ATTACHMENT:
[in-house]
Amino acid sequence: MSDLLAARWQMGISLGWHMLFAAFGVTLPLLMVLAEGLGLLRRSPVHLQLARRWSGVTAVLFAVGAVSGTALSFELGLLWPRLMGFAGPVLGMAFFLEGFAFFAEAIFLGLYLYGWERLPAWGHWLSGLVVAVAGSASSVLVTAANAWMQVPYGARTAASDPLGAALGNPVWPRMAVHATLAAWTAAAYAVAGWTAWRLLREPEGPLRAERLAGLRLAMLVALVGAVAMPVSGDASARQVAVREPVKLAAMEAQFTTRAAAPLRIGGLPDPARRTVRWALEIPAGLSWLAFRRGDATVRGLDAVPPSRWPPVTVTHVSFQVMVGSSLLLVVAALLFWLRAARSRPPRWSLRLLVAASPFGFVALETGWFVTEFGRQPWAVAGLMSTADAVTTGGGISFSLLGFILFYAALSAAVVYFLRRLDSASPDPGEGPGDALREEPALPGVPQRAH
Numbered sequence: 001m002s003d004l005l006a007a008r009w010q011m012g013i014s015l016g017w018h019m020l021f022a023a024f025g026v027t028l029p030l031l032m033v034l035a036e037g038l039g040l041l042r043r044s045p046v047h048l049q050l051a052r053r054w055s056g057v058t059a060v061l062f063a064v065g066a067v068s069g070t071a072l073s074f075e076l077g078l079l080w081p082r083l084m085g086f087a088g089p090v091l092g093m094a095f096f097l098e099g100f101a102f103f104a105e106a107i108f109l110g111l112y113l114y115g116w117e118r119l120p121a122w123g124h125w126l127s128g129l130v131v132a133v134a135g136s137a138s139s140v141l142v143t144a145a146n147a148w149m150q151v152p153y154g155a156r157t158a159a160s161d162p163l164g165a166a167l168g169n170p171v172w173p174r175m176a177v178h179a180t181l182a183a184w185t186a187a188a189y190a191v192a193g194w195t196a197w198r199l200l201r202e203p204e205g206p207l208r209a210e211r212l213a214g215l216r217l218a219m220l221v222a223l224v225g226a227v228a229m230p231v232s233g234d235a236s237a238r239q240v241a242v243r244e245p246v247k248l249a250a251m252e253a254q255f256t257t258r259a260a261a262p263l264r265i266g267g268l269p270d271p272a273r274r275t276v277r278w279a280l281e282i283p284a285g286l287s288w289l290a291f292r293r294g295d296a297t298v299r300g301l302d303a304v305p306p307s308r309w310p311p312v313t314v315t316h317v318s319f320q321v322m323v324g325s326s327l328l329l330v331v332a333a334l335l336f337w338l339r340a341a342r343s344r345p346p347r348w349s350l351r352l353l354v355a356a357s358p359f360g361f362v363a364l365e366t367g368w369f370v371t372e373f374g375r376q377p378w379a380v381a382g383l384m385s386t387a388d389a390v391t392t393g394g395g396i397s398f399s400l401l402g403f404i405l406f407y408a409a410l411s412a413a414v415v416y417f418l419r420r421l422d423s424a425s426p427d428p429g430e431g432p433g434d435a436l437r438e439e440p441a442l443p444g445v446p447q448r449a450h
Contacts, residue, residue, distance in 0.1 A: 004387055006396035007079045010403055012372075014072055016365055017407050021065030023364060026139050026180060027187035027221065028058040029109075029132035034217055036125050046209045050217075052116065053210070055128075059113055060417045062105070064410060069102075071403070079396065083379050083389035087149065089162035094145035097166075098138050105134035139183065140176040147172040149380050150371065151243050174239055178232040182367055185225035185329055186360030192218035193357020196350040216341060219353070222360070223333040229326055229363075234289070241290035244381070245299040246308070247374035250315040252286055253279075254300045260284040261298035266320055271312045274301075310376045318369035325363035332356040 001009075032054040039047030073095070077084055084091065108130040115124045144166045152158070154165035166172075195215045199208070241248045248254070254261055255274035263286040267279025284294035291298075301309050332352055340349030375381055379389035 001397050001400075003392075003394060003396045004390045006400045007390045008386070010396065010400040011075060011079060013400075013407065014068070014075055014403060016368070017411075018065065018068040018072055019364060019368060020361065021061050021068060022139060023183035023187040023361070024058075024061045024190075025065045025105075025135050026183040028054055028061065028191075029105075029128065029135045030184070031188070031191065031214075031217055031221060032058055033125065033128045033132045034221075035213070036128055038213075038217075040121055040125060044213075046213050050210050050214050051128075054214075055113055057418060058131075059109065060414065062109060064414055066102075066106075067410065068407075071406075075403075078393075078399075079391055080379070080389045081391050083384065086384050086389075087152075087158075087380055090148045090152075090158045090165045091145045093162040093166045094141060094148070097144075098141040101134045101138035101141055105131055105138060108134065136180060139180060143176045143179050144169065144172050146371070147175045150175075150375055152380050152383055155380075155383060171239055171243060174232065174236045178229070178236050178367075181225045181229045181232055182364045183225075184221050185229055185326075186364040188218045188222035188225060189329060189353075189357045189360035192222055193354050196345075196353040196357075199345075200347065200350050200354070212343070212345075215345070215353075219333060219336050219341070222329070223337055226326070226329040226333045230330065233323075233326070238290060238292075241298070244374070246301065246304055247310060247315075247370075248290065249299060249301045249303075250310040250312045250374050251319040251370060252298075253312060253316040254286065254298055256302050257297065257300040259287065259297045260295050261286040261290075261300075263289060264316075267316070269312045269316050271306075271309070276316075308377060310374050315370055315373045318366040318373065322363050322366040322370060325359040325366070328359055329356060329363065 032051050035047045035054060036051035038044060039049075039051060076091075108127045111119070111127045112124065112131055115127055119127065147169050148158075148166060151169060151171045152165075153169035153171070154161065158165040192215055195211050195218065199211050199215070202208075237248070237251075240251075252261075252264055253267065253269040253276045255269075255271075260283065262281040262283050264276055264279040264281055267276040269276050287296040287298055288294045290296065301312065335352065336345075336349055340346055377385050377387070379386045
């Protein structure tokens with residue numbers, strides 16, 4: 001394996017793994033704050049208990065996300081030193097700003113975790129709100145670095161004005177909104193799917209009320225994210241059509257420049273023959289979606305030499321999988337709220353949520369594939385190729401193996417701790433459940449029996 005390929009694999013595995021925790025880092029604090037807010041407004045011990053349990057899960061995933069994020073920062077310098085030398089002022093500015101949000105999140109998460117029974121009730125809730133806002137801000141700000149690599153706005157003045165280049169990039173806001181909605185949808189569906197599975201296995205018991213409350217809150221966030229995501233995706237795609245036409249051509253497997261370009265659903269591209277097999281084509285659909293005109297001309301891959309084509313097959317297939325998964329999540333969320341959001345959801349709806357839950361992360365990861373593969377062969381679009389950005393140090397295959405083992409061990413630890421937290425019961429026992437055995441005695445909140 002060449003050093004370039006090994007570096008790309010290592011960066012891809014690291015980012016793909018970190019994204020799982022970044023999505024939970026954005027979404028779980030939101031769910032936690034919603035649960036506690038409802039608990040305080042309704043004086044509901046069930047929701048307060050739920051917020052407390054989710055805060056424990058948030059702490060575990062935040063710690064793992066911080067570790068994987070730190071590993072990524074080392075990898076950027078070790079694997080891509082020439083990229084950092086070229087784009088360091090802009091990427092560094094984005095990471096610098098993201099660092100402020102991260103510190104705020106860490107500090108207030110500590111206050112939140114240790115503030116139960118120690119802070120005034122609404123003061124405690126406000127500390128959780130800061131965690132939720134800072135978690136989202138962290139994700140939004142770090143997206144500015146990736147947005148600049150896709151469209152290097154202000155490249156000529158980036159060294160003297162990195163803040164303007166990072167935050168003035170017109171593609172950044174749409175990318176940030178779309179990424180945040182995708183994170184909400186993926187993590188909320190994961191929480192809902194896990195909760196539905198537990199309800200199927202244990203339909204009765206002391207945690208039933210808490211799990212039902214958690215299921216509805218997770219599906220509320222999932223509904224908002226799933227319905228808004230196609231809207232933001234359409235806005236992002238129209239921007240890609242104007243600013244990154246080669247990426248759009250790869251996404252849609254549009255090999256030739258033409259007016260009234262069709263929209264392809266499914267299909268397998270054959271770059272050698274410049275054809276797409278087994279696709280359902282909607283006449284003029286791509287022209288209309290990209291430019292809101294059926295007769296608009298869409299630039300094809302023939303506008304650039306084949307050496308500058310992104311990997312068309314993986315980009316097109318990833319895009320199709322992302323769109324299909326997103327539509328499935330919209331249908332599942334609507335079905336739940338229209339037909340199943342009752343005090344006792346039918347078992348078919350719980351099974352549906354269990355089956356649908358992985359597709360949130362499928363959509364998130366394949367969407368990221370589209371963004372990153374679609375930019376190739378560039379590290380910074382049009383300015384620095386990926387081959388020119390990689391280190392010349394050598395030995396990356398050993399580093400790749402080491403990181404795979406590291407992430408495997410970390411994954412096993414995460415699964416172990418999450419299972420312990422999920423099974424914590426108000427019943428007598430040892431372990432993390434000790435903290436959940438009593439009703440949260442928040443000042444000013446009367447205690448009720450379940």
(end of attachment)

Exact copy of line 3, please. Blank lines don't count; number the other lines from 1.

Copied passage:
Numbered sequence: 001m002s003d004l005l006a007a008r009w010q011m012g013i014s015l016g017w018h019m020l021f022a023a024f025g026v027t028l029p030l031l032m033v034l035a036e037g038l039g040l041l042r043r044s045p046v047h048l049q050l051a052r053r054w055s056g057v058t059a060v061l062f063a064v065g066a067v068s069g070t071a072l073s074f075e076l077g078l079l080w081p082r083l084m085g086f087a088g089p090v091l092g093m094a095f096f097l098e099g100f101a102f103f104a105e106a107i108f109l110g111l112y113l114y115g116w117e118r119l120p121a122w123g124h125w126l127s128g129l130v131v132a133v134a135g136s137a138s139s140v141l142v143t144a145a146n147a148w149m150q151v152p153y154g155a156r157t158a159a160s161d162p163l164g165a166a167l168g169n170p171v172w173p174r175m176a177v178h179a180t181l182a183a184w185t186a187a188a189y190a191v192a193g194w195t196a197w198r199l200l201r202e203p204e205g206p207l208r209a210e211r212l213a214g215l216r217l218a219m220l221v222a223l224v225g226a227v228a229m230p231v232s233g234d235a236s237a238r239q240v241a242v243r244e245p246v247k248l249a250a251m252e253a254q255f256t257t258r259a260a261a262p263l264r265i266g267g268l269p270d271p272a273r274r275t276v277r278w279a280l281e282i283p284a285g286l287s288w289l290a291f292r293r294g295d296a297t298v299r300g301l302d303a304v305p306p307s308r309w310p311p312v313t314v315t316h317v318s319f320q321v322m323v324g325s326s327l328l329l330v331v332a333a334l335l336f337w338l339r340a341a342r343s344r345p346p347r348w349s350l351r352l353l354v355a356a357s358p359f360g361f362v363a364l365e366t367g368w369f370v371t372e373f374g375r376q377p378w379a380v381a382g383l384m385s386t387a388d389a390v391t392t393g394g395g396i397s398f399s400l401l402g403f404i405l406f407y408a409a410l411s412a413a414v415v416y417f418l419r420r421l422d423s424a425s426p427d428p429g430e431g432p433g434d435a436l437r438e439e440p441a442l443p444g445v446p447q448r449a450h